Former director of the National Economic Council in the administrations of Presidents Bill Clinton and Barack Obama, the author has long taken a view of the dismal science that takes economic justice fully into account. Alongside all the metrics and estimates and reckonings of GDP, inflation, and the supply curve, he holds the great goal of economic policy to be the advancement of human dignity, a concept intangible enough to chase the econometricians away. Growth, the sacred mantra of most economic policy, “should never be considered an appropriate ultimate end goal” for it, he counsels. Though 4% is the magic number for annual growth to be considered healthy, it is healthy only if everyone is getting the benefits and not just the ultrawealthy who are making away with the spoils today. Defining dignity, admits Sperling, can be a kind of “I know it when I see it” problem, but it does not exist where people are a paycheck away from homelessness; the fact, however, that people widely share a view of indignity suggests the “intuitive universality” of its opposite. That said, the author identifies three qualifications, one of them the “ability to meaningfully participate in the economy with respect, not domination and humiliation.” Though these latter terms are also essentially unquantifiable, Sperling holds that this respect—lack of abuse, in another phrasing—can be obtained through a tight labor market and monetary and fiscal policy that pushes for full employment. In other words, where management needs to come looking for workers, workers are likely to be better treated than when the opposite holds. In still other words, writes the author, dignity is in part a function of “ ‘take this job and shove it’ power,” which is a power worth fighting for.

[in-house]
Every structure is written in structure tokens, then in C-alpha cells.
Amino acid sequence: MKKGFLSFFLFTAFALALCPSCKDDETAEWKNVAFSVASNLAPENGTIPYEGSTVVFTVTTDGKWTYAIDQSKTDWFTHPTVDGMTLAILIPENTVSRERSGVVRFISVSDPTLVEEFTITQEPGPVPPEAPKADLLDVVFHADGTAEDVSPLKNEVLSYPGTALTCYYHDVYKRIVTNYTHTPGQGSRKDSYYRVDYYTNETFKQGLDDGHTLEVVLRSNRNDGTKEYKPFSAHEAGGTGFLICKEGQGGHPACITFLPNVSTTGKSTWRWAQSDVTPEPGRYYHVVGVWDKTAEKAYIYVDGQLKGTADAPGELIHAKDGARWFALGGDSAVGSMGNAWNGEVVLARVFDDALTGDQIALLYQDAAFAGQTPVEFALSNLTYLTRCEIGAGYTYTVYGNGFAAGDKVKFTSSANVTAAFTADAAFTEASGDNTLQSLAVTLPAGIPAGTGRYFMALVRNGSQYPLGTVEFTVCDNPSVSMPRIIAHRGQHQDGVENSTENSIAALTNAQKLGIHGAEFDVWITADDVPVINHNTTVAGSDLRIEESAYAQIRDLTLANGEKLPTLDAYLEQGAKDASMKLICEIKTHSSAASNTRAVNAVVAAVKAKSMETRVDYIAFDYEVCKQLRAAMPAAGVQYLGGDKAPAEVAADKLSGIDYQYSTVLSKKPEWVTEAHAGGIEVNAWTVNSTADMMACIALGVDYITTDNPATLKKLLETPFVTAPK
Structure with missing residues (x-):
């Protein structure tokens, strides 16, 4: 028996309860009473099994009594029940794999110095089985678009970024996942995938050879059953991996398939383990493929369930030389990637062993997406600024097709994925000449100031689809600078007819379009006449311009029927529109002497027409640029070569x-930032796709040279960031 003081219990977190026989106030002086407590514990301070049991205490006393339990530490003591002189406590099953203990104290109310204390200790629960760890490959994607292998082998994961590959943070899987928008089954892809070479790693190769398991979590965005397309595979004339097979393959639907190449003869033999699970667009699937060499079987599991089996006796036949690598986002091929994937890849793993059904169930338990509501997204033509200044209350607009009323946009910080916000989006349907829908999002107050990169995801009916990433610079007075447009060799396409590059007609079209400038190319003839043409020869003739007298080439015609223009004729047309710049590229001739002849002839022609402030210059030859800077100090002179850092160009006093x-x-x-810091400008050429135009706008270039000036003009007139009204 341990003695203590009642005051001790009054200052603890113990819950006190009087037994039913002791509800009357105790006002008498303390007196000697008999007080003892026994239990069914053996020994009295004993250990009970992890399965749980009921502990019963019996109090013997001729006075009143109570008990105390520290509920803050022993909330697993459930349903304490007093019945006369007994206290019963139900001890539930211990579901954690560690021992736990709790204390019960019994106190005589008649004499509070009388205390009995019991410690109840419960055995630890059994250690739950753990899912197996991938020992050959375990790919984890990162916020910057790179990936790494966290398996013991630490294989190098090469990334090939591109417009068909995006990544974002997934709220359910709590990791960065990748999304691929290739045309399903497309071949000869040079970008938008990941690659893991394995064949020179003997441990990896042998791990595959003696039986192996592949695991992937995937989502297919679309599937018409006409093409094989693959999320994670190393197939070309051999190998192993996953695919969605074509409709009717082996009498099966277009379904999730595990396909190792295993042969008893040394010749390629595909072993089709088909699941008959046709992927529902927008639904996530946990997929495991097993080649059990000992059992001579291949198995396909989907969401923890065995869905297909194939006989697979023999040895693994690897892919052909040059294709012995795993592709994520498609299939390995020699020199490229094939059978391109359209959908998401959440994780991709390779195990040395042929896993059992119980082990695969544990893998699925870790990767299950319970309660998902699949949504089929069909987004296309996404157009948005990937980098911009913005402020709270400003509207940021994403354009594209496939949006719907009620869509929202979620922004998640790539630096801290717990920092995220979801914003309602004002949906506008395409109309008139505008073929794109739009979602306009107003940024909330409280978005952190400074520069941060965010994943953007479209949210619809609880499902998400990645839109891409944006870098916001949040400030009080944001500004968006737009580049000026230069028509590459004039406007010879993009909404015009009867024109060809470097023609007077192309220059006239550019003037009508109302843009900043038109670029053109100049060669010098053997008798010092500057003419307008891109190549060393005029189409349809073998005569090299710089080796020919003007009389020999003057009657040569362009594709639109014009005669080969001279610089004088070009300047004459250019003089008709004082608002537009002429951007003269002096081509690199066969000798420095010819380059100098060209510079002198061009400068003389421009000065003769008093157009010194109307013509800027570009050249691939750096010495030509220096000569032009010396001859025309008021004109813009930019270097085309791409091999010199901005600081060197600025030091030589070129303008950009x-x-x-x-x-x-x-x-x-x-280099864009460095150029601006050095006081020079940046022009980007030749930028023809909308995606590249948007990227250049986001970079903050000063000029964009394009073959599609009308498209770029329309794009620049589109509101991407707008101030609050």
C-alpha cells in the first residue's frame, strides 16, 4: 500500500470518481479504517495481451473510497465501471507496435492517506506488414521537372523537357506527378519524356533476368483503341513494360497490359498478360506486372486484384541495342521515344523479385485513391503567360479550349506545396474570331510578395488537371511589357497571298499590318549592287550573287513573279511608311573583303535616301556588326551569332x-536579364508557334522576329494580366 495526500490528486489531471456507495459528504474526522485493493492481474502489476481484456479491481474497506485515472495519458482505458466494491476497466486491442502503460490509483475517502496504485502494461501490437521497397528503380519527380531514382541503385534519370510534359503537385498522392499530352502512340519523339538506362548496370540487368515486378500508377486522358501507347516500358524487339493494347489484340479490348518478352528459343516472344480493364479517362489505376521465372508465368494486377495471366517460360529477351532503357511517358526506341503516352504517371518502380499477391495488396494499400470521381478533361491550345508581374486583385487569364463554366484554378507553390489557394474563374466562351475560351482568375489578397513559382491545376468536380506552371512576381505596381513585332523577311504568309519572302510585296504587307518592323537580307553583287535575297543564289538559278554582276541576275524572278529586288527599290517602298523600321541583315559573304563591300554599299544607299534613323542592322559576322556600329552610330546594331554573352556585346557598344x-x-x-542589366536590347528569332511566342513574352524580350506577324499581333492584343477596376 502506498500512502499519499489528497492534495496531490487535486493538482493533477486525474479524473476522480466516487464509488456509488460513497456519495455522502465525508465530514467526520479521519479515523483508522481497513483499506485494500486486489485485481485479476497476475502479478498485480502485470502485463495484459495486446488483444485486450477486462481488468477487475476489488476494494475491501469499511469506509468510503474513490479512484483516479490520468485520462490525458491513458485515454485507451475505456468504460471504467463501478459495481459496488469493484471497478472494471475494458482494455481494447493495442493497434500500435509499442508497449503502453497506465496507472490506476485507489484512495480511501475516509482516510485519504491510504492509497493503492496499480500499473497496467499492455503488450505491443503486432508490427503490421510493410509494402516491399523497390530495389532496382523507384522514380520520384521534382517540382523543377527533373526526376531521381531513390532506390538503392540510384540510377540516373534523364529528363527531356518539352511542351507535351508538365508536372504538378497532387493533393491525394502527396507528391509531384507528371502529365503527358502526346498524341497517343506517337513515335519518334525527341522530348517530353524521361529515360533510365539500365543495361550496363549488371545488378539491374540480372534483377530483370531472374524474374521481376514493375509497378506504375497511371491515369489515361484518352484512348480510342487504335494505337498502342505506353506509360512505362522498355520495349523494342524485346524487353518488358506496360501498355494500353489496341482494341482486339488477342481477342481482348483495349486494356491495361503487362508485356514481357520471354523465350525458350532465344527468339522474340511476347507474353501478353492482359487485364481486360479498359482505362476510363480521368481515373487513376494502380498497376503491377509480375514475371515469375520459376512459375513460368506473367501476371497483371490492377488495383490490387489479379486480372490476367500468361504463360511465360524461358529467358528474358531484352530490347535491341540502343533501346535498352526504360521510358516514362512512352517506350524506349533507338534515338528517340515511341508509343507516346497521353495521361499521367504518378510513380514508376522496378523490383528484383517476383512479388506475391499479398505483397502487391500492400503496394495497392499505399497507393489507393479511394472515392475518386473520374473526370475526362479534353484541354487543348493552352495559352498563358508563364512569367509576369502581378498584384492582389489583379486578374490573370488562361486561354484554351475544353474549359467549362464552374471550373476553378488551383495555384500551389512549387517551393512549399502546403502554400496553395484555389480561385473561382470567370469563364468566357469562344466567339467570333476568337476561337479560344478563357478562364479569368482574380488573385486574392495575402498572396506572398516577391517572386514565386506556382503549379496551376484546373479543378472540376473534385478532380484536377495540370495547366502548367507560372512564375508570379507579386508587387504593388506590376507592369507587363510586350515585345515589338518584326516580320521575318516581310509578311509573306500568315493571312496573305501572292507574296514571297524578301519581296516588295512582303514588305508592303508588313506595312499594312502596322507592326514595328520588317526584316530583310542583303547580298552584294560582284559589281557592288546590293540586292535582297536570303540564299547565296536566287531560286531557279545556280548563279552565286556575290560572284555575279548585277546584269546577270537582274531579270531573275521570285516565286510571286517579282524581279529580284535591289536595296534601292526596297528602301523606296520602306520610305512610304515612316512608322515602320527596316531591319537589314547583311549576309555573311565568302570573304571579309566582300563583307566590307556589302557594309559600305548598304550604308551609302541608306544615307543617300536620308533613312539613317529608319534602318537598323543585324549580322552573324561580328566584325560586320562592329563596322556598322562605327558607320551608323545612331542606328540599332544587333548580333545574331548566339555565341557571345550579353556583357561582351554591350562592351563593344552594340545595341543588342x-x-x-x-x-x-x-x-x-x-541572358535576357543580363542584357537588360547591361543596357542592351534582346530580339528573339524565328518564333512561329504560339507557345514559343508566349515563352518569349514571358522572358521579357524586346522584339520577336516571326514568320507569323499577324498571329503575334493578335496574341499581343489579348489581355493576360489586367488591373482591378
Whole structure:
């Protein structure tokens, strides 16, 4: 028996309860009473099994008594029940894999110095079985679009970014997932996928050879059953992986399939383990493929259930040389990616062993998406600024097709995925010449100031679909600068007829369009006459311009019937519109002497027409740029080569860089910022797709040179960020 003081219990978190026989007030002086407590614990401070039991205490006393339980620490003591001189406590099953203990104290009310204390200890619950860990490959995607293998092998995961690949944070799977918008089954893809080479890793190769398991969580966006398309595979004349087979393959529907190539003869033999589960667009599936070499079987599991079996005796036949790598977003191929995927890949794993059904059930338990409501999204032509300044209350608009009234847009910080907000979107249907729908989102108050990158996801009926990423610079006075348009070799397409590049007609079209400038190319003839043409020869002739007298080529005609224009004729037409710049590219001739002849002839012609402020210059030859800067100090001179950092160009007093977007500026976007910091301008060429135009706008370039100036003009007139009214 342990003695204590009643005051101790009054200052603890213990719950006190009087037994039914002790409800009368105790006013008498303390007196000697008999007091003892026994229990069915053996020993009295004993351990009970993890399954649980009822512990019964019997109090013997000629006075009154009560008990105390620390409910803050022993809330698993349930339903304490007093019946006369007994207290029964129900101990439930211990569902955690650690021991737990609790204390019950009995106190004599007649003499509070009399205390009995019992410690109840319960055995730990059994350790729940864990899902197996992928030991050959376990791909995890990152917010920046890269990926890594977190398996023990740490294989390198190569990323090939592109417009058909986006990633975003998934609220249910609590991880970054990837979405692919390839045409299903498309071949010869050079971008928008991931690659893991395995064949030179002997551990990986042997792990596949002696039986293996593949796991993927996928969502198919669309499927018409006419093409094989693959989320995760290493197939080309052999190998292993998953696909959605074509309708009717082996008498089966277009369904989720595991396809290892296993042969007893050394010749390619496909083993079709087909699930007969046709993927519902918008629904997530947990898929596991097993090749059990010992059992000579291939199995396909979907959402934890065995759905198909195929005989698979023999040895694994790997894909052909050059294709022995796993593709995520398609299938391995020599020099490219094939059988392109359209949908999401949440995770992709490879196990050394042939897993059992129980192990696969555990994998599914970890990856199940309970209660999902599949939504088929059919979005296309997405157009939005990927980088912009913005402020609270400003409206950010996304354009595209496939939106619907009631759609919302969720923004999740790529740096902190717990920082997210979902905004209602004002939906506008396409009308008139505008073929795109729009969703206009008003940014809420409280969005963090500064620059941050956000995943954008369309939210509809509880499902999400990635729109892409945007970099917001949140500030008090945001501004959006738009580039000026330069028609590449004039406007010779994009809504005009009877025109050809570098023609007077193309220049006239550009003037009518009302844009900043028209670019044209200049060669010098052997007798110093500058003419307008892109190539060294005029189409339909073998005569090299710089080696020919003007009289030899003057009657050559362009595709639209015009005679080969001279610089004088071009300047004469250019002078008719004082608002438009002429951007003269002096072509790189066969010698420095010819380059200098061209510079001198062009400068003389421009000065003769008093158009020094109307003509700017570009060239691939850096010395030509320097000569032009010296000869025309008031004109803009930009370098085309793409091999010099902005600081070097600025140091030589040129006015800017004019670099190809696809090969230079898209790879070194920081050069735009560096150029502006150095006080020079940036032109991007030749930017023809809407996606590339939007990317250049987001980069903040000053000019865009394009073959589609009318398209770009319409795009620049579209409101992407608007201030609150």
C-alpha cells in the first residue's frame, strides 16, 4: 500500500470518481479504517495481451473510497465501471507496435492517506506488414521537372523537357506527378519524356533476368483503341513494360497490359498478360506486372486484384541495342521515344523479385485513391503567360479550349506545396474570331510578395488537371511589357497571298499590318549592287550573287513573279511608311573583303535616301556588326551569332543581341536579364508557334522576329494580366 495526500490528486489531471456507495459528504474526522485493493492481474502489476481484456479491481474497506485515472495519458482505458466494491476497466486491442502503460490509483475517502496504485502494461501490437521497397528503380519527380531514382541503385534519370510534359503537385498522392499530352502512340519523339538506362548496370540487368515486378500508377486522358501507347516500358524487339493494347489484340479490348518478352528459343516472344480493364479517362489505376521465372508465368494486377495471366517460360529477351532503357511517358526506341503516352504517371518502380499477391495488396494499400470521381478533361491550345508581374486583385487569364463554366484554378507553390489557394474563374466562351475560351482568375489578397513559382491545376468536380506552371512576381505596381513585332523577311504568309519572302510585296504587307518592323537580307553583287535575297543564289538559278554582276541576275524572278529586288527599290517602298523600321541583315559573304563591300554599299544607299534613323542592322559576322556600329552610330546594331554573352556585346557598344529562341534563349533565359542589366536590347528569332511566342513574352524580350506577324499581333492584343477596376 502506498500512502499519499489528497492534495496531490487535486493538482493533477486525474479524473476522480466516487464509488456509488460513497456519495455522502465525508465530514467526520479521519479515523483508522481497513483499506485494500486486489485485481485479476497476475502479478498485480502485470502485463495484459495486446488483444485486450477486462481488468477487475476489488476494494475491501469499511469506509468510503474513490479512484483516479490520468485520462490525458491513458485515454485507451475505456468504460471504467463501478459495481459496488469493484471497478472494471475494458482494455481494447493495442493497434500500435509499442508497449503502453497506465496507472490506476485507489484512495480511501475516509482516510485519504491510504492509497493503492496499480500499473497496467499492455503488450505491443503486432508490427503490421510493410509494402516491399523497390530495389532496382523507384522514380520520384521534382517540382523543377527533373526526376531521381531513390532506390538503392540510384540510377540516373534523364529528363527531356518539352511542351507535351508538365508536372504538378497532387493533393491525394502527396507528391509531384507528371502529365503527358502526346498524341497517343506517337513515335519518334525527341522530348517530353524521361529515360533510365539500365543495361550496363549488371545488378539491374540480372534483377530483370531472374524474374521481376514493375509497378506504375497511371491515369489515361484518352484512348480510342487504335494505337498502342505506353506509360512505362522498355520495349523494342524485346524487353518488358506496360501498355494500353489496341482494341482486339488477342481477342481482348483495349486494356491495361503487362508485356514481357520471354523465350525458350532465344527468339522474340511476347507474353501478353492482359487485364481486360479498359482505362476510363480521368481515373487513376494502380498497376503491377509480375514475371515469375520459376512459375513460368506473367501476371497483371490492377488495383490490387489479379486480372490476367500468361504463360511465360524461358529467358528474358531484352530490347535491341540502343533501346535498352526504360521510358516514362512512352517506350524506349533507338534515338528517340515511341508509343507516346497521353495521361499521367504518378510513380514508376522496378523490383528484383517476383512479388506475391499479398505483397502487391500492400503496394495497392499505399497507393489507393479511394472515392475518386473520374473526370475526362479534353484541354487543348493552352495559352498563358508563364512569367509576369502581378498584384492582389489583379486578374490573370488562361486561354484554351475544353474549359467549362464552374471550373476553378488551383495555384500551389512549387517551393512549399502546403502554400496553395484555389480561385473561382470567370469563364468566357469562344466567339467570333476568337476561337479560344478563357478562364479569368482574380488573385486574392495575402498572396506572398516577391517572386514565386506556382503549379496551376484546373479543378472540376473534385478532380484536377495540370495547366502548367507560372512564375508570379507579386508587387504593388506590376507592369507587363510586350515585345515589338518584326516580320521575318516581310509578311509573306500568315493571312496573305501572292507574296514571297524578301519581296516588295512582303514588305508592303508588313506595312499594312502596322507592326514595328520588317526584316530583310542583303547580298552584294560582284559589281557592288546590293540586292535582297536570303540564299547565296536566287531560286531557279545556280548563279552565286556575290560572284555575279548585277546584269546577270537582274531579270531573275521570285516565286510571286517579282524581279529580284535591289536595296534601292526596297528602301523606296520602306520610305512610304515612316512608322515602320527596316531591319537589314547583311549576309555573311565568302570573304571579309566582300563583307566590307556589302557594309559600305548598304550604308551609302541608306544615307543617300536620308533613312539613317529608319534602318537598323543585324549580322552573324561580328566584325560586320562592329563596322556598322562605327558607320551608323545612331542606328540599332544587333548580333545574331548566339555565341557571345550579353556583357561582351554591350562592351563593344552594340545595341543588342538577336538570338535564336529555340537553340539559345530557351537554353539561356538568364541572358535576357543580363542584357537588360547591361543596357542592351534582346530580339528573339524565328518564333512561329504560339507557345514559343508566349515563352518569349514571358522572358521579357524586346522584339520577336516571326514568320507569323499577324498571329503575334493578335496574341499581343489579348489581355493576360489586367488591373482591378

A declaration worth hearing out in a time of growing inequality—and indignity.

Pub Date: May 5, 2020

ISBN: 978-1-9848-7987-5

Page Count: 384

Publisher: Penguin Press

Review Posted Online: Feb. 26, 2020

Kirkus Reviews Issue: March 15, 2020

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No one’s mind will be changed by Karl’s book, but it’s a valuable report from the scene of an ongoing train wreck.


The chief White House and Washington correspondent for ABC provides a ringside seat to a disaster-ridden Oval Office.

It is Karl to whom we owe the current popularity of a learned Latin term. Questioning chief of staff Mick Mulvaney, he followed up a perhaps inadvertently honest response on the matter of Ukrainian intervention in the electoral campaign by saying, “What you just described is a quid pro quo.” Mulvaney’s reply: “Get over it.” Karl, who has been covering Trump for decades and knows which buttons to push and which to avoid, is not inclined to get over it: He rightly points out that a reporter today “faces a president who seems to have no appreciation or understanding of the First Amendment and the role of a free press in American democracy.” Yet even against a bellicose, untruthful leader, he adds, the press “is not the opposition party.” The author, who keeps his eye on the subject and not in the mirror, writes of Trump’s ability to stage situations, as when he once called Trump out, at an event, for misrepresenting poll results and Trump waited until the camera was off before exploding, “Fucking nasty guy!”—then finished up the interview as if nothing had happened. Trump and his inner circle are also, by Karl’s account, masters of timing, matching negative news such as the revelation that Russia had interfered in the 2016 election with distractions away from Trump—in this case, by pushing hard on the WikiLeaks emails from the Democratic campaign, news of which arrived at the same time. That isn’t to say that they manage people or the nation well; one of the more damning stories in a book full of them concerns former Homeland Security head Kirstjen Nielsen, cut off at the knees even while trying to do Trump’s bidding.

No one’s mind will be changed by Karl’s book, but it’s a valuable report from the scene of an ongoing train wreck.

Pub Date: March 31, 2020

ISBN: 978-1-5247-4562-2

Page Count: 368

Publisher: Dutton

Review Posted Online: Dec. 22, 2019

Kirkus Reviews Issue: Jan. 15, 2020